A new paper by Kate Clancy and colleagues came out in PLoS One this week, and it paints an alarming picture regarding field work: 64% of survey respondents had personally experienced sexual harassment and 21.7% had been sexually assaulted while doing field work. Those numbers are horrifying, and make it clear that this is a major problem.* As I said in this news piece on the new study, I’ve heard anecdotal reports of sexual harassment and assault in the field, but there was no way of knowing how big the problem was. I can’t say that I’m completely surprised by the numbers, but they’re still eye-opening and a wakeup call that this is a really important problem that needs to be addressed.
Who is being harassed and assaulted? Women were harassed and assaulted predominantly by superiors, whereas harassment and assault of men tended to be primarily by peers at the field site. There is a clear power hierarchy in academia, and this can make people vulnerable to exploitation, perhaps especially in remote locations. Another important result of the study is that survey respondents were generally unaware of how to report such events, or of codes of conduct. Even when the harassment or assault was reported, <20% were satisfied with the outcome of their reporting.
Reading the Clancy et al. article reminded me of this recent post by Acclimatrix, in which she describes her deliberations about whether to go to a remote field site that would provide her with incredible research opportunities, but about which she had serious safety concerns. Needing to worry about personal safety in the field clearly cuts off research opportunities, especially for women.
What can be done about this? The comments thread on my earlier post on this topic (based on the first phase of the Clancy et al. study) has some good suggestions. This comment by Katie Hinde (one of the authors of the Clancy et al. study) has particularly good suggestions: set expectations by establishing principles of community; revisit these principles if you see questionable behavior; provide multiple pathways of reporting. This last one is very important, especially given that the perpetrators tend to be superiors. If someone’s only option is to report to a superior, that is obviously a problem if that superior is the person who is harassing her.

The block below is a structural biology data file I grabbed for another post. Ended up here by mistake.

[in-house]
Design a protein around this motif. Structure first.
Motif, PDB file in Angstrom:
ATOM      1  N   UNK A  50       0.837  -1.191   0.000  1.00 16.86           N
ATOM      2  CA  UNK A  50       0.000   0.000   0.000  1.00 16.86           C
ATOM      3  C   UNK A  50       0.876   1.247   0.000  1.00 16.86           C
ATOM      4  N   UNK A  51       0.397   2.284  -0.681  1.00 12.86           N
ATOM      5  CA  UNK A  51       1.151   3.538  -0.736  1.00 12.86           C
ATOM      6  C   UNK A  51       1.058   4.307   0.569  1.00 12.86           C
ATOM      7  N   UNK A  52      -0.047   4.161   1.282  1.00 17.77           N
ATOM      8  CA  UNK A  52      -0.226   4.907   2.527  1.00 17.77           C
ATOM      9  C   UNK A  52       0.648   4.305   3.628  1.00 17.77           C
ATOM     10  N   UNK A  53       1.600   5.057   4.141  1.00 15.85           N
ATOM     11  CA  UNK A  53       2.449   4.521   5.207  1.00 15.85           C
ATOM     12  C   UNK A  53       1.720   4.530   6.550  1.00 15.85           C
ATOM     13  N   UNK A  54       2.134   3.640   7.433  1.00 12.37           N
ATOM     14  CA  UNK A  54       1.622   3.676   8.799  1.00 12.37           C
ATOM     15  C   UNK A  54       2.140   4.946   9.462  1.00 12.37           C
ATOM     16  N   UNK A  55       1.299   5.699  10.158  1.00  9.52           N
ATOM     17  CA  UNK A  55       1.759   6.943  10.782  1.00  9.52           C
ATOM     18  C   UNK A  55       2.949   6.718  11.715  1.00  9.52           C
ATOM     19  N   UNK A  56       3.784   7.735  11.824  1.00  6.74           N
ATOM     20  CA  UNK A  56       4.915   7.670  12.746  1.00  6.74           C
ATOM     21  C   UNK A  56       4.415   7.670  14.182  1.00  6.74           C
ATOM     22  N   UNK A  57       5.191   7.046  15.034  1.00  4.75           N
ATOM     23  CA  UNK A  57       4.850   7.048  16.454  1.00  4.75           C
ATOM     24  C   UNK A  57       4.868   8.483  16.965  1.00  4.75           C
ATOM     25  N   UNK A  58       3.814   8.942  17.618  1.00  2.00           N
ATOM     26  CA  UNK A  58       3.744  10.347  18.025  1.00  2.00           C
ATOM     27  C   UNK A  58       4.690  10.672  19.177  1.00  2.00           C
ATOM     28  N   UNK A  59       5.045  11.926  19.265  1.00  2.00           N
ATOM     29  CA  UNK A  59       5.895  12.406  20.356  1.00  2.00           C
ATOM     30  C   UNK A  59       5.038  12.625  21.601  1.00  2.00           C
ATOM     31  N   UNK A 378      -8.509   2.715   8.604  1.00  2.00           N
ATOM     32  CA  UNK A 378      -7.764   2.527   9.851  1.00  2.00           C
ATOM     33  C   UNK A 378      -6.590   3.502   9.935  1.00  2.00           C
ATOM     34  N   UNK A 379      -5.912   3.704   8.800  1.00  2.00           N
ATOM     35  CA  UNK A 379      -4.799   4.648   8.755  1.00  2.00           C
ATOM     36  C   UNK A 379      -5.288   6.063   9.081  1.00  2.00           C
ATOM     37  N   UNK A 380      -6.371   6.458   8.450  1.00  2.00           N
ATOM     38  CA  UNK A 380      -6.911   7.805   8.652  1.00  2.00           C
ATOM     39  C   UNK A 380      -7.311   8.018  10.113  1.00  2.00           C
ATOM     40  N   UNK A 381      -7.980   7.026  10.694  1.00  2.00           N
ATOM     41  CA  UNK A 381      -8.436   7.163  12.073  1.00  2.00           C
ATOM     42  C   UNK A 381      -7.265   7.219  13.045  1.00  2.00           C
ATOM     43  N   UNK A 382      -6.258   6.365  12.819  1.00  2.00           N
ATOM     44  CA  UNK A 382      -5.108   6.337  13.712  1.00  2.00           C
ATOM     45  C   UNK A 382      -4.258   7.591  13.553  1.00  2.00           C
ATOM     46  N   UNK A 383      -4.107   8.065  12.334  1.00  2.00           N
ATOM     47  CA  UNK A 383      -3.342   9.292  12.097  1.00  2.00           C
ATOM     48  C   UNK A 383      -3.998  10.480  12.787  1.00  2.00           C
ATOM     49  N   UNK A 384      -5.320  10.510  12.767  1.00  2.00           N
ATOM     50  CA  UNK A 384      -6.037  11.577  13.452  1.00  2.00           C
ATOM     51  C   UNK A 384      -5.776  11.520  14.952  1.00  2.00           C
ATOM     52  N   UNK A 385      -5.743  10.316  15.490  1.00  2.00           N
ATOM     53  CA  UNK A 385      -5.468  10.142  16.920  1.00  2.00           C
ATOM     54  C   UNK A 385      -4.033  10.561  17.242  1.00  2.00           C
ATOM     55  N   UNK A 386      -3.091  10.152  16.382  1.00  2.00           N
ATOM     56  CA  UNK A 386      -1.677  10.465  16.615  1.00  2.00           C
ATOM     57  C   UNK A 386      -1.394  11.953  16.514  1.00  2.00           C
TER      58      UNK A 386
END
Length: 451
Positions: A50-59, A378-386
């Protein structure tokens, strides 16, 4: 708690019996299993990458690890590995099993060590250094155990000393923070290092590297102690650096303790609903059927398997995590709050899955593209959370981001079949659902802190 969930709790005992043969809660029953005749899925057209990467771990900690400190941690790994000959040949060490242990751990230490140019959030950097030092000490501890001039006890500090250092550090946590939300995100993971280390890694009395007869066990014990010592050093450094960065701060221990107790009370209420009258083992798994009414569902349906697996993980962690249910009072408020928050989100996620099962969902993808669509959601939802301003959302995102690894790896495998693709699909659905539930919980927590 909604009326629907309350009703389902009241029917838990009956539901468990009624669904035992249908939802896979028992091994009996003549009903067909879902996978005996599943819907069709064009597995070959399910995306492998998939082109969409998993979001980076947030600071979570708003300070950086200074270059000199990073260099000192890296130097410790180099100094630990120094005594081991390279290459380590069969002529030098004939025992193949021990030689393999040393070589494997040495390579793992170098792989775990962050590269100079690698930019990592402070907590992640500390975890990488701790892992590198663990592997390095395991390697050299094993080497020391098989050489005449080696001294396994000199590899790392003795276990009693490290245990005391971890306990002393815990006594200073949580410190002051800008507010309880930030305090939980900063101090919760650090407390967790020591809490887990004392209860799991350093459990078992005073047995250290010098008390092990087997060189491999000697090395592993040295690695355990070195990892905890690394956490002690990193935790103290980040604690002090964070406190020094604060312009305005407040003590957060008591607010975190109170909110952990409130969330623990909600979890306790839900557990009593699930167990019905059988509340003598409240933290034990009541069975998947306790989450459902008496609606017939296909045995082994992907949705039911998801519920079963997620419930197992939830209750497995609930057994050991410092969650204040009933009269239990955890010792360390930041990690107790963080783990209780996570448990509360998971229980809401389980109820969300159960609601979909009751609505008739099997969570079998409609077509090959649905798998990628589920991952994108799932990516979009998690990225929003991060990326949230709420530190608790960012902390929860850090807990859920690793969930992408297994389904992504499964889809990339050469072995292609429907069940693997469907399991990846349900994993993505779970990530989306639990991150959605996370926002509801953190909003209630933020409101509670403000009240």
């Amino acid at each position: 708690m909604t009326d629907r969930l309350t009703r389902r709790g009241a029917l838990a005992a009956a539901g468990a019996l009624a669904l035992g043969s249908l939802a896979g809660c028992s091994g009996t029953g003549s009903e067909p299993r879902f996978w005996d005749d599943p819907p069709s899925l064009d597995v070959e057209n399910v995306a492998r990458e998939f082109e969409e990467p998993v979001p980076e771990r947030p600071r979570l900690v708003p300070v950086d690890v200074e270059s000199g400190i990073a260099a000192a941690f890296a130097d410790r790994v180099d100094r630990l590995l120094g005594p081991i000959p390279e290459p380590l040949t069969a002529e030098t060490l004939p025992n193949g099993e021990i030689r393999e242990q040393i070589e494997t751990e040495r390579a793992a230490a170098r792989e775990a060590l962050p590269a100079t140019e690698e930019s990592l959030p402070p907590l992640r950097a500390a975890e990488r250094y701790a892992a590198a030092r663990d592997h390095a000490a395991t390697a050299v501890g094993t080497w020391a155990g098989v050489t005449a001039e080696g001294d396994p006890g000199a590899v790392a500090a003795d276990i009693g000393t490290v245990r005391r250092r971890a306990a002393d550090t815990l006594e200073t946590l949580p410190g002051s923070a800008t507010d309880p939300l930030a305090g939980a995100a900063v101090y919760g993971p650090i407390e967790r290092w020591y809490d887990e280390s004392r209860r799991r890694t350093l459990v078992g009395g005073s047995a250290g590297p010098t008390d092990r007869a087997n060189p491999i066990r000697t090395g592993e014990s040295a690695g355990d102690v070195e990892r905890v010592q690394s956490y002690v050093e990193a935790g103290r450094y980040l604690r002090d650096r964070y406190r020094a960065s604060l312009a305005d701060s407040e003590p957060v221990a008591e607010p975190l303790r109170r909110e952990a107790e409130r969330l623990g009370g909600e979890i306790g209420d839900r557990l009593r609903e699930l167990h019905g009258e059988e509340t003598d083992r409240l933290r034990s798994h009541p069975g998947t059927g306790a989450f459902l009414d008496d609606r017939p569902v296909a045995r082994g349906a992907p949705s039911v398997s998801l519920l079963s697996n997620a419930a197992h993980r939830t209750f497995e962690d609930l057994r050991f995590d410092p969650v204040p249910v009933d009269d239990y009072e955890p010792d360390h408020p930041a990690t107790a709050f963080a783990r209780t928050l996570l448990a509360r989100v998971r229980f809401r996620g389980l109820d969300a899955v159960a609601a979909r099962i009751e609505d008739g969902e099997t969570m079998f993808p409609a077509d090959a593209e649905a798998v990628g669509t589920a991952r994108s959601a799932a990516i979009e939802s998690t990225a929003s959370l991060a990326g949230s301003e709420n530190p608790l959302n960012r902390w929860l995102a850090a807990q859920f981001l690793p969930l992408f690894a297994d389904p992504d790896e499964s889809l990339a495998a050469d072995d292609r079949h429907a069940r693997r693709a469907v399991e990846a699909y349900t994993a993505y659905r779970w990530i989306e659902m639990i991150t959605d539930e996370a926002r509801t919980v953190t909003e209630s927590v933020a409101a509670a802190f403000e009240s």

I am still thinking of exactly what to do in light of the results of this study. The first thing is to work on a Principles of Community statement, though I’m unsure of what scale this should be done at. The lab? The department? Another obvious thing is to make sure that people in my program are aware of how to report harassment. Michigan’s standard practice guide related to sexual harassment is here. That guide includes information on where people can report harassment, as well as information on where to receive confidential counseling. According to that site:
An individual may complain to the University about alleged sexually harassing behavior or retaliation by contacting a University official, such as a supervisor; Dean, Director or department head; the Office of Institutional Equity; the appropriate Human Resources Office; the Dean of Students (for students); the Dean’s Office of the Horace H. Rackham Graduate School (for graduate students); the Center for the Education of Women; and the Department of Public Safety. . . . In addition, any member of the University community may utilize appropriate University resources for guidance and support during the investigation process (e.g., Center for the Education of Women, Sexual Assault Prevention and Awareness Center, etc.).
As I said above, given that women tend to be harassed by superiors, it is important to note that there are multiple paths for reporting. But, as was discussed in the comments of my earlier post, and as is noted in the Clancy et al. study, people are often dissatisfied with the outcomes of reporting. I don’t know what can be done about that. But hopefully having more discussions about this and bringing it out into the open more will both make people feel more comfortable with reporting, and will send a message to the perpetrators that this behavior will not be accepted.
Will all of that help? I don’t think this problem will go away, but I do think we can make progress, and any progress on this issue is valuable.
What are your thoughts on this study? Are you (or your department) doing anything in response to it?
*I realize that some people will focus on whether the specific numbers are accurate. The authors go into the limitations of their survey method in the paper, which I encourage you to read in full. But something that is important to note is that the authors of the study were told by colleagues that they did not fill out the survey because reliving those experiences would be too painful. These numbers are not necessarily over-estimates, as many people assume.